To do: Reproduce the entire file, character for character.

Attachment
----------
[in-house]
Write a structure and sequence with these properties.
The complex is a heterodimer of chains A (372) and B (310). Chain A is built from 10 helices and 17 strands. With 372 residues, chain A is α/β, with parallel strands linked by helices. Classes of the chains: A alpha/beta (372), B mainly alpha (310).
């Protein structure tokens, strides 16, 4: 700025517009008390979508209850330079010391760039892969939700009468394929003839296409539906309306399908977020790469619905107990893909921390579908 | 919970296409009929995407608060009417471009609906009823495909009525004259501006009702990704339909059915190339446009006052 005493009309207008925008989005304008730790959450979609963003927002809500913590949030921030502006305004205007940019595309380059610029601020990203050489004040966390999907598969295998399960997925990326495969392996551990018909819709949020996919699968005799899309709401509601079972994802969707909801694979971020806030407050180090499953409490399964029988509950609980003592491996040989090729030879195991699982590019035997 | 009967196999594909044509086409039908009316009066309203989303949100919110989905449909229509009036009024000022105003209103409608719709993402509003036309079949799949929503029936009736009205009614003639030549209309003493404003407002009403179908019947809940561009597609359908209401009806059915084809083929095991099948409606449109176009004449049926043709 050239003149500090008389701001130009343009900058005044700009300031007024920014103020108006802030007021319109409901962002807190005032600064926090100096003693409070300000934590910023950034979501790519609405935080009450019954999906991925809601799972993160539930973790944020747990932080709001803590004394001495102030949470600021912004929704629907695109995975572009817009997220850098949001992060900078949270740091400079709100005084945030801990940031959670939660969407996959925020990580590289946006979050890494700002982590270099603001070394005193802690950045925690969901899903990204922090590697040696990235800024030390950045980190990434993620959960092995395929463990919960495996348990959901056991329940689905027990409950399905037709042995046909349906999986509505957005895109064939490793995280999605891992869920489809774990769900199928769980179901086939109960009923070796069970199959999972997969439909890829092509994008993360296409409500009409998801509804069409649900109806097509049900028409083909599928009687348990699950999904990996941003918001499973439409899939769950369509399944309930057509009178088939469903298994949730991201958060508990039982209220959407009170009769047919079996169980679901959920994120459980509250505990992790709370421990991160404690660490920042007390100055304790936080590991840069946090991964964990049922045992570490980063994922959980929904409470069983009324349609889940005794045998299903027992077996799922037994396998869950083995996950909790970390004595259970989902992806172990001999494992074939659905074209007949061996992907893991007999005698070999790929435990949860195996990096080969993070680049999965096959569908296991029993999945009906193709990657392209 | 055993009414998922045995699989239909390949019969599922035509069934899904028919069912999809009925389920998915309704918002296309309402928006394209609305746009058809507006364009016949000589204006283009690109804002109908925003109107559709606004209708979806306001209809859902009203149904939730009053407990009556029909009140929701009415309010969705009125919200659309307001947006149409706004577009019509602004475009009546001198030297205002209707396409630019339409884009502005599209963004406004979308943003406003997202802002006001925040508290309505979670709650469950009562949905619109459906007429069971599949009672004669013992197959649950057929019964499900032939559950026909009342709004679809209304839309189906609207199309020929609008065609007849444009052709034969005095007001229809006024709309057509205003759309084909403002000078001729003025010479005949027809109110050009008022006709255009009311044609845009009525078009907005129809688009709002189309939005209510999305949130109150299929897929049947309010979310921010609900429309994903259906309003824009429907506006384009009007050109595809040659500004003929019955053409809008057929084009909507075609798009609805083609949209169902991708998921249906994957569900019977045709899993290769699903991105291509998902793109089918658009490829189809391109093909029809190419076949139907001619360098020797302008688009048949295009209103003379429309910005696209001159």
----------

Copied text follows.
[in-house]
Write a structure and sequence with these properties.
The complex is a heterodimer of chains A (372) and B (310). Chain A is built from 10 helices and 17 strands. With 372 residues, chain A is α/β, with parallel strands linked by helices. Classes of the chains: A alpha/beta (372), B mainly alpha (310).
């Protein structure tokens, strides 16, 4: 700025517009008390979508209850330079010391760039892969939700009468394929003839296409539906309306399908977020790469619905107990893909921390579908 | 919970296409009929995407608060009417471009609906009823495909009525004259501006009702990704339909059915190339446009006052 005493009309207008925008989005304008730790959450979609963003927002809500913590949030921030502006305004205007940019595309380059610029601020990203050489004040966390999907598969295998399960997925990326495969392996551990018909819709949020996919699968005799899309709401509601079972994802969707909801694979971020806030407050180090499953409490399964029988509950609980003592491996040989090729030879195991699982590019035997 | 009967196999594909044509086409039908009316009066309203989303949100919110989905449909229509009036009024000022105003209103409608719709993402509003036309079949799949929503029936009736009205009614003639030549209309003493404003407002009403179908019947809940561009597609359908209401009806059915084809083929095991099948409606449109176009004449049926043709 050239003149500090008389701001130009343009900058005044700009300031007024920014103020108006802030007021319109409901962002807190005032600064926090100096003693409070300000934590910023950034979501790519609405935080009450019954999906991925809601799972993160539930973790944020747990932080709001803590004394001495102030949470600021912004929704629907695109995975572009817009997220850098949001992060900078949270740091400079709100005084945030801990940031959670939660969407996959925020990580590289946006979050890494700002982590270099603001070394005193802690950045925690969901899903990204922090590697040696990235800024030390950045980190990434993620959960092995395929463990919960495996348990959901056991329940689905027990409950399905037709042995046909349906999986509505957005895109064939490793995280999605891992869920489809774990769900199928769980179901086939109960009923070796069970199959999972997969439909890829092509994008993360296409409500009409998801509804069409649900109806097509049900028409083909599928009687348990699950999904990996941003918001499973439409899939769950369509399944309930057509009178088939469903298994949730991201958060508990039982209220959407009170009769047919079996169980679901959920994120459980509250505990992790709370421990991160404690660490920042007390100055304790936080590991840069946090991964964990049922045992570490980063994922959980929904409470069983009324349609889940005794045998299903027992077996799922037994396998869950083995996950909790970390004595259970989902992806172990001999494992074939659905074209007949061996992907893991007999005698070999790929435990949860195996990096080969993070680049999965096959569908296991029993999945009906193709990657392209 | 055993009414998922045995699989239909390949019969599922035509069934899904028919069912999809009925389920998915309704918002296309309402928006394209609305746009058809507006364009016949000589204006283009690109804002109908925003109107559709606004209708979806306001209809859902009203149904939730009053407990009556029909009140929701009415309010969705009125919200659309307001947006149409706004577009019509602004475009009546001198030297205002209707396409630019339409884009502005599209963004406004979308943003406003997202802002006001925040508290309505979670709650469950009562949905619109459906007429069971599949009672004669013992197959649950057929019964499900032939559950026909009342709004679809209304839309189906609207199309020929609008065609007849444009052709034969005095007001229809006024709309057509205003759309084909403002000078001729003025010479005949027809109110050009008022006709255009009311044609845009009525078009907005129809688009709002189309939005209510999305949130109150299929897929049947309010979310921010609900429309994903259906309003824009429907506006384009009007050109595809040659500004003929019955053409809008057929084009909507075609798009609805083609949209169902991708998921249906994957569900019977045709899993290769699903991105291509998902793109089918658009490829189809391109093909029809190419076949139907001619360098020797302008688009048949295009209103003379429309910005696209001159």